Cutaneous and other vasculitides are specific inflammations of the blood vessel wall that can take place in any organ system of the body including the skin. Vasculitis has been traditionally divided according to the size of the vessel involved (small, medium, and large). Vasculitis is more of a reaction pattern rather than a specific disease entity. Therefore, the clinical presentation of vasculitis (most commonly palpable purpura on the lower extremities) dictates a thorough history, review of systems, and a meticulous physical examination. The diagnosis of vasculitis relies also on the histopathological and immunofluorescence studies. Wound care specialist may face with vasculitis-associated ulcers along with a spectrum of other cutaneous presentations associated with vasculitis. The focus of this article is to update the types, etiology, pathogenesis, and management options for cutaneous vasculitis.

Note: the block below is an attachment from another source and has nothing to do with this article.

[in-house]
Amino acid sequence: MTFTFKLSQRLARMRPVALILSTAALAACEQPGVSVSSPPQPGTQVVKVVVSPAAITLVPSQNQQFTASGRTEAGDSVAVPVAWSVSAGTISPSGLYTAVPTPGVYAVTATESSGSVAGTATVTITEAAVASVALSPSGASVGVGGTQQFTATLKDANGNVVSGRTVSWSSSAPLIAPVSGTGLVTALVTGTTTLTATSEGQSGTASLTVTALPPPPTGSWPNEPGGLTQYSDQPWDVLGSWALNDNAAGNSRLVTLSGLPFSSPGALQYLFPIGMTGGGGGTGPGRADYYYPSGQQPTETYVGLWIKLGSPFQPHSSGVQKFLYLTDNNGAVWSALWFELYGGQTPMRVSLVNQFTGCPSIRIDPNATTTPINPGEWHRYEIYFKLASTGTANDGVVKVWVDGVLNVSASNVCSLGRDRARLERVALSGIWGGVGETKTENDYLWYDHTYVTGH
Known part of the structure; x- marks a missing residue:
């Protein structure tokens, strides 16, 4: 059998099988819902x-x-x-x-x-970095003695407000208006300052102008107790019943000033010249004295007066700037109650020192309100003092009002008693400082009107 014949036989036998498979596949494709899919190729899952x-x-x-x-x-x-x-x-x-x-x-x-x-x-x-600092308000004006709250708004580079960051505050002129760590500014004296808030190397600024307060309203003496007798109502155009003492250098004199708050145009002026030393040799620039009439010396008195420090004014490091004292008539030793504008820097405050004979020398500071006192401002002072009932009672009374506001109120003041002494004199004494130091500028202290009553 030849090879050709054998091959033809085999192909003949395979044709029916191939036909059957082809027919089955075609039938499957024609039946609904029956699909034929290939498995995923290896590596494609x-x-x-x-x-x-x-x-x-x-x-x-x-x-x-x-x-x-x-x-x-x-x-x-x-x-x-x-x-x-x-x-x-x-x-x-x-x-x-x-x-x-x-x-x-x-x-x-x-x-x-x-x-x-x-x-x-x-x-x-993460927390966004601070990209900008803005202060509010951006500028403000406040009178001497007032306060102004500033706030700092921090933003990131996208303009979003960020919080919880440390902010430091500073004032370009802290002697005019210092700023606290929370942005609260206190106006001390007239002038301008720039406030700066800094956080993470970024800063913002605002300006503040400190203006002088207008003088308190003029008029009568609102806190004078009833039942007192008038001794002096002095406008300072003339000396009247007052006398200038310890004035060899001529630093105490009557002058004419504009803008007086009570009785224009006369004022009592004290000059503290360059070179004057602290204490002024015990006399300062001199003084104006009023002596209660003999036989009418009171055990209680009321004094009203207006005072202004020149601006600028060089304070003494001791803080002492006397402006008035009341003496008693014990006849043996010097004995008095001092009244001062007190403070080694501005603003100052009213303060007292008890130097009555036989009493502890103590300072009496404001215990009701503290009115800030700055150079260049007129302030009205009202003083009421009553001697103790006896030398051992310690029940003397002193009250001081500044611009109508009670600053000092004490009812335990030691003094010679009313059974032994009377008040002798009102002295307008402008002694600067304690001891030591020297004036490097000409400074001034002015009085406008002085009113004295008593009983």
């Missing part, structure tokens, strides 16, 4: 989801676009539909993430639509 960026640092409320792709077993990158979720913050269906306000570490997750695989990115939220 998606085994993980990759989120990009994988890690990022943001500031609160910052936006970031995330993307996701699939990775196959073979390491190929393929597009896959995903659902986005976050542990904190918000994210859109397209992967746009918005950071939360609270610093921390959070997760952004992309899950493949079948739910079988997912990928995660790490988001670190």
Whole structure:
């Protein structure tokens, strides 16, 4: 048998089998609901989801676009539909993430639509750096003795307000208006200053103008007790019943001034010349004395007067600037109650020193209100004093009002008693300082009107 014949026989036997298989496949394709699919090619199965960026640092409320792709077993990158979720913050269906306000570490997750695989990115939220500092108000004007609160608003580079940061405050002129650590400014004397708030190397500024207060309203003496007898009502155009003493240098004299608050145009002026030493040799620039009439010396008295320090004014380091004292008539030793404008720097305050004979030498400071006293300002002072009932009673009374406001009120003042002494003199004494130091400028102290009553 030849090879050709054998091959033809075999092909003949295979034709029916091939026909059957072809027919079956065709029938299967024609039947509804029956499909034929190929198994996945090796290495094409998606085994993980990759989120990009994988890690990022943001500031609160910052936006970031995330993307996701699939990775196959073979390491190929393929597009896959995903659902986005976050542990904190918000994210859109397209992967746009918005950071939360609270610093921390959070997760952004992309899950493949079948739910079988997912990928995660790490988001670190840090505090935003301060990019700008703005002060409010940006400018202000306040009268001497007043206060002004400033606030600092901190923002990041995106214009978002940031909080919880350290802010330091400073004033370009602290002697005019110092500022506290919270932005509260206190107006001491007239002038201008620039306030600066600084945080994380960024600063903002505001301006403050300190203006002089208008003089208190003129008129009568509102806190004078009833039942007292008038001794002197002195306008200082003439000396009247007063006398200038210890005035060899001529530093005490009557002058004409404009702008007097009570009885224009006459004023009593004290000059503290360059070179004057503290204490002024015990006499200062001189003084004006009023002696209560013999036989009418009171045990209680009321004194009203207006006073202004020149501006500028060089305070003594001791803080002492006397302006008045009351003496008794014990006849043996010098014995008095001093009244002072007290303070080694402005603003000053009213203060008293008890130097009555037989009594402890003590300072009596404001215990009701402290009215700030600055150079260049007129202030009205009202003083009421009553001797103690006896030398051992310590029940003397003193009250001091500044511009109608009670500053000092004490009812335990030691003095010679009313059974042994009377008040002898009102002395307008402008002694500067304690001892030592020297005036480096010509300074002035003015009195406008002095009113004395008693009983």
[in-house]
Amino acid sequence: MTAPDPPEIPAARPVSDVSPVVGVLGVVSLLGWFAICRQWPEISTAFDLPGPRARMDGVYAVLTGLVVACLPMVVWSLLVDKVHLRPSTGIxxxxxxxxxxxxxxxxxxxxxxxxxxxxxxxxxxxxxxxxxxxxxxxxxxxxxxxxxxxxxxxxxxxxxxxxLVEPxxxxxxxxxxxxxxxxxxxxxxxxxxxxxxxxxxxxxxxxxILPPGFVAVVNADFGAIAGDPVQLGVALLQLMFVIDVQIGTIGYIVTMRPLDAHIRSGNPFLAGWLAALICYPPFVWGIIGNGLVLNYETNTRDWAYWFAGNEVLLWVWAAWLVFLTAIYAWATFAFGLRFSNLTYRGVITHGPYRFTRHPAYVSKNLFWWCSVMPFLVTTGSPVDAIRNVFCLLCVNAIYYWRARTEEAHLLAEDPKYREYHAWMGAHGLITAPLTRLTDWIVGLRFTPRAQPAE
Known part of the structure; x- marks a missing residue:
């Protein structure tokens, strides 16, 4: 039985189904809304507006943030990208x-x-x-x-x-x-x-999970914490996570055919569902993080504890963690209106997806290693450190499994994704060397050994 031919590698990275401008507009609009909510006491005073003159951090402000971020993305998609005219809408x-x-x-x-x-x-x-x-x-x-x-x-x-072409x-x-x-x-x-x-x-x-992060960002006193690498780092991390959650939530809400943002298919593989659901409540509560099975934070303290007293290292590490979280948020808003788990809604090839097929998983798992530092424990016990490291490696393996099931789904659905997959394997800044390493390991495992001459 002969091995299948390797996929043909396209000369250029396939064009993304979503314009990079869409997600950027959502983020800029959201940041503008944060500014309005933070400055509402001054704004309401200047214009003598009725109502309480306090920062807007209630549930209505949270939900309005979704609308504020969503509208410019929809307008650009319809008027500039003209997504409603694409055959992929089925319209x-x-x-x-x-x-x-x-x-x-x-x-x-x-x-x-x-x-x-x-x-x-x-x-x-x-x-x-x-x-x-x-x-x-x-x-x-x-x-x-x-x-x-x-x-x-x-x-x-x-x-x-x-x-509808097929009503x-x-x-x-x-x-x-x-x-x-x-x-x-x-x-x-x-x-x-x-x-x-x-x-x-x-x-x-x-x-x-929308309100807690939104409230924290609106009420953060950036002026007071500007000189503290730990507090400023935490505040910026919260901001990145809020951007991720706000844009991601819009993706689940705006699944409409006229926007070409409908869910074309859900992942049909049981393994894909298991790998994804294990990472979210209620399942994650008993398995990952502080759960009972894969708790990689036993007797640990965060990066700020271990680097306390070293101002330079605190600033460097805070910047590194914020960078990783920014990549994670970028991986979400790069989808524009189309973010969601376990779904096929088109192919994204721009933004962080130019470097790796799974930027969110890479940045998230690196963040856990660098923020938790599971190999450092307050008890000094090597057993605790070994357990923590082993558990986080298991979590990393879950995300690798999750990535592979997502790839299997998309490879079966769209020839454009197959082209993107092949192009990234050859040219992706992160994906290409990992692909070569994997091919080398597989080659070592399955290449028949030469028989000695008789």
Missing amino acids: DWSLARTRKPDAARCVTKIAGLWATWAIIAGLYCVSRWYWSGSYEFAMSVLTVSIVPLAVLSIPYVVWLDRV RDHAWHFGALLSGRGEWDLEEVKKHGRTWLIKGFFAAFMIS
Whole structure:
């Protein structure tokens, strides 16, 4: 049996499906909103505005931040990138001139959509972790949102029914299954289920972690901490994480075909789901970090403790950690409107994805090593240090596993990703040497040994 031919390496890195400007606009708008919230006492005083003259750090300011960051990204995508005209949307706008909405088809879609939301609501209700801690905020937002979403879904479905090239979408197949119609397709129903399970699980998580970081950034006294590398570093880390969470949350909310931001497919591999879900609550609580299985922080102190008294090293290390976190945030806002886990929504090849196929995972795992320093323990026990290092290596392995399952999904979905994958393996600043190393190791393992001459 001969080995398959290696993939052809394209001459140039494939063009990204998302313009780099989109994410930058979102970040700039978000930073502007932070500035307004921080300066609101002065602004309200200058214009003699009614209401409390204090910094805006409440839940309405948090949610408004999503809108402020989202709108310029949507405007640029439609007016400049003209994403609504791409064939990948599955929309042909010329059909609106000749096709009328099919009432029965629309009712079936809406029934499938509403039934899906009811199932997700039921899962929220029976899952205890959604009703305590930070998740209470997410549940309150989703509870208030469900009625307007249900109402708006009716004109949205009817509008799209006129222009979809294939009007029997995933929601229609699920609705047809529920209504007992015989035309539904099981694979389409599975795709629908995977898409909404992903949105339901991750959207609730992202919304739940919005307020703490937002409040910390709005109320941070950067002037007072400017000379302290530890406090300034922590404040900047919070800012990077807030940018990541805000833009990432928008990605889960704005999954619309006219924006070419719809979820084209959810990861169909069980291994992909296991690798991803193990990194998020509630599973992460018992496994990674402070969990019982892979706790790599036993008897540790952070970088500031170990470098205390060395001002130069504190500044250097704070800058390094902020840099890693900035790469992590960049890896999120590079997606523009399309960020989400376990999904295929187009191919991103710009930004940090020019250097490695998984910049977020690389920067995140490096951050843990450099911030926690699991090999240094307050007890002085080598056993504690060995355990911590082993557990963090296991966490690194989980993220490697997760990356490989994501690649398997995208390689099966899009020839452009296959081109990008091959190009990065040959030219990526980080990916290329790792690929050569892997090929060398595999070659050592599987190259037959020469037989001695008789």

Keywords: cutaneous small vessel vasculitis; leukocytoclastic vasculitis; medium and large vessel vasculitides; vasculitis.